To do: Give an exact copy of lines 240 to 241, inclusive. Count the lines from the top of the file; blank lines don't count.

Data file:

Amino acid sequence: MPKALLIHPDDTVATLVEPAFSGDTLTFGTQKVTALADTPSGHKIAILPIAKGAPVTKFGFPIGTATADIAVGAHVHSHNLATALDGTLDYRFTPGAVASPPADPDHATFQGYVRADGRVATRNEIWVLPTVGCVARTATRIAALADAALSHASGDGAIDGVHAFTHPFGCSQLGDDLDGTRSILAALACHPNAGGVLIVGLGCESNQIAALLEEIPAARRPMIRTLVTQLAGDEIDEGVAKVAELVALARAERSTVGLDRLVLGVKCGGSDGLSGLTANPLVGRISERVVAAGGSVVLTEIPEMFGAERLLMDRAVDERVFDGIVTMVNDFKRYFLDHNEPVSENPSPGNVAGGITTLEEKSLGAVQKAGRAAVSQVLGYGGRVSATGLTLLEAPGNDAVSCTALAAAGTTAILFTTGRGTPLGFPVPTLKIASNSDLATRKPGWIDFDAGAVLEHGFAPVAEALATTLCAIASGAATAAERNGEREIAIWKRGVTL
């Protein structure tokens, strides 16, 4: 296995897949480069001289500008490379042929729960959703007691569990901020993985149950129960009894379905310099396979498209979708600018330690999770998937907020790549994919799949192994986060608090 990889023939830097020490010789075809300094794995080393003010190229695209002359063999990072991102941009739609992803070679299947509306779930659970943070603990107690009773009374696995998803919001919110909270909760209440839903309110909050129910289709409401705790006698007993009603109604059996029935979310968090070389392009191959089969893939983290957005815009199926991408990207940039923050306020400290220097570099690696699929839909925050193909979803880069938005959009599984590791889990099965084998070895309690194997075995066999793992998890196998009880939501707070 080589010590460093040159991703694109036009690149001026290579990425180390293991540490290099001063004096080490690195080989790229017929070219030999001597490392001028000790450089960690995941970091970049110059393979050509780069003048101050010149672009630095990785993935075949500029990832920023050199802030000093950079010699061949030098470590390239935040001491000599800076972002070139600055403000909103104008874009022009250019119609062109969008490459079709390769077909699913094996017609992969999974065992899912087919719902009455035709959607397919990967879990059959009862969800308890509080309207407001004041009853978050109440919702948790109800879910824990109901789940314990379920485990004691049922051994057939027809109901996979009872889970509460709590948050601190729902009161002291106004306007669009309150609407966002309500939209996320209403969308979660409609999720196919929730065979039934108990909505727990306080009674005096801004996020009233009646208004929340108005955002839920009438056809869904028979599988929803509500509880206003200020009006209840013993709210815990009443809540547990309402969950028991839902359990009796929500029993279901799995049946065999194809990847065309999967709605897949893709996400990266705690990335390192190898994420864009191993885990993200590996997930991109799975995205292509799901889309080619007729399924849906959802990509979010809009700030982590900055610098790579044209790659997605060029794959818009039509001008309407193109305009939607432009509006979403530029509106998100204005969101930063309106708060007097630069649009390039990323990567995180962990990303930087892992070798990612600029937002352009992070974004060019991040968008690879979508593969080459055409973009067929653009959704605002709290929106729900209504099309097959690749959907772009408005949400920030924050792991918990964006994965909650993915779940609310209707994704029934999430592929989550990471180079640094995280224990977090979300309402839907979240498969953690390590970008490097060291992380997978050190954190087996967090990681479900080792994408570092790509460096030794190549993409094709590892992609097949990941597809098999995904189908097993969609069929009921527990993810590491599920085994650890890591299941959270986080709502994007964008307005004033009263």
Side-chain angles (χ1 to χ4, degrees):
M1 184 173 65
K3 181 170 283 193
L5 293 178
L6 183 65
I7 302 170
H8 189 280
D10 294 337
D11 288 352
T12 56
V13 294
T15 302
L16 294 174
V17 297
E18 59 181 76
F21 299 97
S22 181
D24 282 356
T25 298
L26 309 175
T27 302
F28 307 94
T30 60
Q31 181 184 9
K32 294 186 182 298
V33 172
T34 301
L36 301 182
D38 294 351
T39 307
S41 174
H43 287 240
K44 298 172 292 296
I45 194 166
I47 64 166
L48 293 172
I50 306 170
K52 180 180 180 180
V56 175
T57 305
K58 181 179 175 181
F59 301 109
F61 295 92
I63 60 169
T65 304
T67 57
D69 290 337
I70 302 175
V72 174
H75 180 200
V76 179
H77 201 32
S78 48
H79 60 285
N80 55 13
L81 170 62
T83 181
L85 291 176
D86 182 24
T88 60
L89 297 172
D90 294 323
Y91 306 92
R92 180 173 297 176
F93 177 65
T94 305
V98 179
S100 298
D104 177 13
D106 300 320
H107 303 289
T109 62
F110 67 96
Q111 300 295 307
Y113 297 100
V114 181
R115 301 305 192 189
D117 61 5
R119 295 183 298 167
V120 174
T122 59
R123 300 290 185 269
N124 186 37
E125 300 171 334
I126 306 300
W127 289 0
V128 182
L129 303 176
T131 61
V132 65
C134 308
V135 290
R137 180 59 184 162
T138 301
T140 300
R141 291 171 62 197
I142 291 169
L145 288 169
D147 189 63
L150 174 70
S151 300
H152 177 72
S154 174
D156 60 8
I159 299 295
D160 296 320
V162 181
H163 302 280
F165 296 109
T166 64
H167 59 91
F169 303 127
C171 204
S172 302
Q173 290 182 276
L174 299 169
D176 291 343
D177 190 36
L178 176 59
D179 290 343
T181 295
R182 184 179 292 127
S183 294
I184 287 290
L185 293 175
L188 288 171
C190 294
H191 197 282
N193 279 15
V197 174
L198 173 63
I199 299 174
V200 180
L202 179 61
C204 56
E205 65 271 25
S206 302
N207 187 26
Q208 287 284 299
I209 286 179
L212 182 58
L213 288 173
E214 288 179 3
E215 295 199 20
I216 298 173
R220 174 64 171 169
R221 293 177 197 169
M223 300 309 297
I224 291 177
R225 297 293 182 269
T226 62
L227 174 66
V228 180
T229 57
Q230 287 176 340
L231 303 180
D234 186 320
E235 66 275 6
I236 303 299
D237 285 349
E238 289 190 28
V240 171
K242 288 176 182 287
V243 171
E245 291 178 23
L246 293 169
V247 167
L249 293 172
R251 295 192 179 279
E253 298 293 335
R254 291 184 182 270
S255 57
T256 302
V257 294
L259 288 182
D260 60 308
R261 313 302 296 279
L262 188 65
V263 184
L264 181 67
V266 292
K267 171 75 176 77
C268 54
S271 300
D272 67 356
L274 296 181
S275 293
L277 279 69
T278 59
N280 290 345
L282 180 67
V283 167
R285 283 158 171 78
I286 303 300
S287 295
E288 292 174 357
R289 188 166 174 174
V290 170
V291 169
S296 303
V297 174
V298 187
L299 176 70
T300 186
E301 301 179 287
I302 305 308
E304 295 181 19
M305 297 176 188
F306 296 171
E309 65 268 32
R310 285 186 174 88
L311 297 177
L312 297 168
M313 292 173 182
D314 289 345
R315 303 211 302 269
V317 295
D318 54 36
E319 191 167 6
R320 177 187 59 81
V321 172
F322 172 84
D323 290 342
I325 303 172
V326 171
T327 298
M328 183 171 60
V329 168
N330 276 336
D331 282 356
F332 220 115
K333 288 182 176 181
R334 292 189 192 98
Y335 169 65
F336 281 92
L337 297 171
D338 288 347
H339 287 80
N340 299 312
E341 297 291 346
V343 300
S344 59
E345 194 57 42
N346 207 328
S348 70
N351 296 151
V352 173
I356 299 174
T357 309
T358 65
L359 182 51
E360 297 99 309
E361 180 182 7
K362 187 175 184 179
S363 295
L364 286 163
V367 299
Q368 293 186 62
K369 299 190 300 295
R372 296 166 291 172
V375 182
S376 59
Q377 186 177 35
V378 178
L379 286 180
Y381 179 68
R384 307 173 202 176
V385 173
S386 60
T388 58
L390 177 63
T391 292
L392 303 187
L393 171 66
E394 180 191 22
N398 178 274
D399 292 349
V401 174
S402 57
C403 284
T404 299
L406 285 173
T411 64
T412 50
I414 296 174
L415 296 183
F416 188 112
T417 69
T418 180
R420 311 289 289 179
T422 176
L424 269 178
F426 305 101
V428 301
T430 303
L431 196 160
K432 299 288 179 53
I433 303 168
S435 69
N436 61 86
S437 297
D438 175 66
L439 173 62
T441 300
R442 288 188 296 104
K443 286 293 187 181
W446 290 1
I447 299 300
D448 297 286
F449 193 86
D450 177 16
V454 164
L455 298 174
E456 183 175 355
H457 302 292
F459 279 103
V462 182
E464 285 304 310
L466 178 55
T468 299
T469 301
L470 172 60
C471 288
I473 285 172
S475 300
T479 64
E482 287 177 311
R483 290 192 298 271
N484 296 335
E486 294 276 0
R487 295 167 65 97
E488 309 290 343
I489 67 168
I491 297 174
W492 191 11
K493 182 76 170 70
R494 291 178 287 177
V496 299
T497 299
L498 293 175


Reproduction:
H339 287 80
N340 299 312